Hopi tribal member Michael Kotutwa Johnson, a specialist with the University of Arizona’s Indigenous Resilience Center, helped draft the assessment’s chapter on Indigenous Peoples. In light of climate change, he says, the assessment highlights the importance of tribal sovereignty, the power that tribes hold “to make their own decisions in the best interest of their people.”

As head of the climate change task force for the National Congress of American Indians, Leonard Forsman, who is also chairman of Washington State’s Suquamish Tribe, has likewise seen a growing appreciation of tribal land stewardship among government agencies. “They’re saying, ‘Yeah, you know, the tribes got it right. The tribes have been here forever. They know how to live with this land, and we need to do the same.’” 

Below is a small sample of how Indigenous groups in the Northwest and beyond have been applying their traditional ecological knowledge in the fight against climate change. 


The Confederated Tribes and Bands of the Yakama Nation has been conducting large riverscaping projects along the Yakima River in southern Washington State. The effort includes returning logs and other large pieces of woody debris to the reservation’s waterways and floodplains. The physical structure of the debris, which has been absent due to deforestation and other management practices, helps keep wetland-nourishing streams from eroding into deep, narrow channels. Its presence can also create slow-moving pools of water, which are prime habitat for juvenile salmon. Aiding these efforts are the dam-building skills of beavers, a keystone species and a revered creature in Yakama legend. The tribe has been rescuing “problem beavers” from farms and urban areas, where they are often unwelcome, and re-establishing them along waterways, where they would be an ecological and climate-resilient boon. 


In collaboration with environmental groups, government agencies, and the University of Oregon, the Karuk tribe of northern California is implementing its tradition of prescribed burns. Such controlled fires, conducted cyclically, help decrease the size and intensity of future wildfires by reducing the amount of dead, woody fuel in an area and by naturally fortifying the fire resilience of its vegetation.

A man leans on the tall stump of a fallen tree with a tree-lined mountain in the background

On the Flathead Reservation in Montana, Mike Durglo Jr., program manager for the Confederated Salish and Kootenai Tribes Preservation Office, greets what remains of a 2,000-year-old whitebark pine tree he named Illawia, which means “great-great-grandparent.”


Chip Somodevilla/Getty Images

Salish and Kootenai

As part of their Climate Change Strategic Plan, Montana’s Confederated Salish & Kootenai Tribes have begun gathering seedlings of the culturally and ecologically important white bark pine, a species in steep decline over the past half century due to climate change. Warmer temperatures have allowed the mountain pine beetle and an invasive fungus called blister rust to thrive in high-altitude areas that were once too cold to support such infestations. In their efforts to save the usually long-lived tree, tribal members have been seeking out seeds from white bark pines that have proven resistant to these scourges, and then planting them throughout the forest. The tribes are also working to emphasize the seeds as a food source that has nourished their people for thousands of years.   

Alaska Native Peoples

Indigenous communities, such as the Yakutat Tlingit Tribe, and the Central Council of Tlingit & Haida, are partnering with state and federal agencies to monitor for harmful algal blooms. The blooms, which are associated with rising water temperatures, can result in toxins accumulating in shellfish species, causing potentially fatal threats to the wildlife and humans that eat them. Following a 2013 outbreak of paralytic shellfish poisoning, local Indigenous groups formed a network called Southeast Alaska Tribal Ocean Research to help safeguard their subsistence shellfisheries. With technical assistance from the National Oceanic and Atmospheric Administration, they comb beaches for signs of outbreaks, identify and assess current phytoplankton populations, and test water and shellfish samples in order to protect their people while maintaining access to an important traditional food source.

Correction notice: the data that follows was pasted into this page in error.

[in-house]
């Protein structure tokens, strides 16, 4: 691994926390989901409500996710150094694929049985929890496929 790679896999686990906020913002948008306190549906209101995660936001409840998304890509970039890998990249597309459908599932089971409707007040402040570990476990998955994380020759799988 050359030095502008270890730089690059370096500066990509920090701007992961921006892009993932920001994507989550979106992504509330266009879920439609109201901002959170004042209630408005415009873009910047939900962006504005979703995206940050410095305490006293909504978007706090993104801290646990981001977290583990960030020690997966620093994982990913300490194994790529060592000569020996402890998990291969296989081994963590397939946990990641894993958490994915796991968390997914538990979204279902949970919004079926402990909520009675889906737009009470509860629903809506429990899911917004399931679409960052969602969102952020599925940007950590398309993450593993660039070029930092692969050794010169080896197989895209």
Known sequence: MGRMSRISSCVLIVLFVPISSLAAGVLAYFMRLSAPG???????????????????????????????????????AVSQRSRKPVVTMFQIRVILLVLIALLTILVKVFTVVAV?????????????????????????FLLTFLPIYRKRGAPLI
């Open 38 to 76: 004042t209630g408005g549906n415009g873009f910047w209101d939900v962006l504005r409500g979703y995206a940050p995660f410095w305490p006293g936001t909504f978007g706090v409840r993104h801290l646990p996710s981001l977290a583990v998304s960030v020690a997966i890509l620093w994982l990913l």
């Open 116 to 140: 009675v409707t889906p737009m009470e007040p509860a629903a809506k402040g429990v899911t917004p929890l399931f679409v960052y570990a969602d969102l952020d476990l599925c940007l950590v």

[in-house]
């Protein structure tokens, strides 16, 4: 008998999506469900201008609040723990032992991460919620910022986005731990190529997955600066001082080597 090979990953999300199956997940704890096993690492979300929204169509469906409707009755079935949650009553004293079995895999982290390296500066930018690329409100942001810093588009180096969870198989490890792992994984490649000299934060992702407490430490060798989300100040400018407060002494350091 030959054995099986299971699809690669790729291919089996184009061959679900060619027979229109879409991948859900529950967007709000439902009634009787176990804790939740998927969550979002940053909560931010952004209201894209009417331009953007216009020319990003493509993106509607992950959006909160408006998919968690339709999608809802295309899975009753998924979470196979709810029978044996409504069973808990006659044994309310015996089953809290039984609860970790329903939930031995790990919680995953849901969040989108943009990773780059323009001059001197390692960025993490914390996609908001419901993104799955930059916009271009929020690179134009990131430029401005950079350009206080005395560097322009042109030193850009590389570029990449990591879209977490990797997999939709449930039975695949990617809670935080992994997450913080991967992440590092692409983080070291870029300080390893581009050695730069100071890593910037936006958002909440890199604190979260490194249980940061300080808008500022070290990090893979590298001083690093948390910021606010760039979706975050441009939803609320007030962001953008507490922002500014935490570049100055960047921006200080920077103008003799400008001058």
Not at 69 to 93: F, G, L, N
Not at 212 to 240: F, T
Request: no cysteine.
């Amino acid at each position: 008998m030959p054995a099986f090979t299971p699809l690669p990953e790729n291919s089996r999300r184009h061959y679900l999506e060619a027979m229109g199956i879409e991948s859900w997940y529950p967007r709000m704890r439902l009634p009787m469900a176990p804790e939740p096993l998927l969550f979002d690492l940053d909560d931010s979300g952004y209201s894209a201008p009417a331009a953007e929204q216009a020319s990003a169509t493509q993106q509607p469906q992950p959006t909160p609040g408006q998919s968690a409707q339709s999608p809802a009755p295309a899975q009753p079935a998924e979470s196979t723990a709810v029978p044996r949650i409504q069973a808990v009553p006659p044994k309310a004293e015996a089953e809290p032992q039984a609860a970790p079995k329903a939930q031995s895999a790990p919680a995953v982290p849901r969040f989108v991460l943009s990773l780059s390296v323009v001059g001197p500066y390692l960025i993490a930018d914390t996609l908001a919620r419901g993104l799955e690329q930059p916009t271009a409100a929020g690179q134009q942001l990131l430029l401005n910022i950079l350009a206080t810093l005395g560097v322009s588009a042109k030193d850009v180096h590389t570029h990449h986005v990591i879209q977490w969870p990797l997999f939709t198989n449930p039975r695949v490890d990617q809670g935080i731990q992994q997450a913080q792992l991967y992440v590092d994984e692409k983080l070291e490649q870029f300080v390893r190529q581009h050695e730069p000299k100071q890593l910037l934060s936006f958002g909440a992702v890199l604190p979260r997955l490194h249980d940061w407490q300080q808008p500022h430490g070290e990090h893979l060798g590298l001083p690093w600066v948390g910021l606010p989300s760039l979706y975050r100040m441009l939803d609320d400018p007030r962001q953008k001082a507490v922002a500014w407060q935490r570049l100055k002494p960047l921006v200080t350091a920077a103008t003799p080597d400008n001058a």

An illustration title "Indigenous Holistic Worldview"

The Indigenous Holistic Worldview Illustration depicts the interconnected way in which many Indigenous Peoples experience the world. This illustration resembles a turtle in reference to creation stories about Turtle Island, which can be thought of as either the continent of North America or as the entire earth, depending on the storyteller.


Since 2015, Washington’s Tulalip Tribe has been conducting climate change adaptation planning that emphasizes food self-sufficiency, including salmon recovery. To reduce agricultural runoff into rivers, the tribe works with dairy farmers to recycle the manure from their cows into a nutrient-rich effluent that irrigates the farms’ feed crops. (The farmers can then sell the methane produced by the decomposing manure to the local public utility as biogas.) “For the farmer, it was just a more effective way of using the nutrients he already had” in the manure to help feed their livestock, says tribal member Daryl Williams, a longtime leader in the Tulalip Tribes Natural Resources department who now works as a consultant. 


Climate change also affects Indigenous-government relationships in Canada, where Quebec provincial officials have turned to the Cree Nation for help in conserving carbon-storing boreal forests that are at risk from massive logging. For instance, Quebec nearly doubled the amount of protected lands in the Cree’s traditional territories in 2020, and with broad community input, the First Nation created a climate plan that prioritizes conservation and ecotourism over development, logging, and mining. “We wanted to come up with common visions and goals for protected areas; how we want to manage them to serve our needs based on food preservation [and] the protection of our culture, language, and wildlife,” says Chantal Tetreault, Cree protected areas manager. “It’s not just about protecting an ecosystem. It’s really about how we see ourselves in that ecosystem.”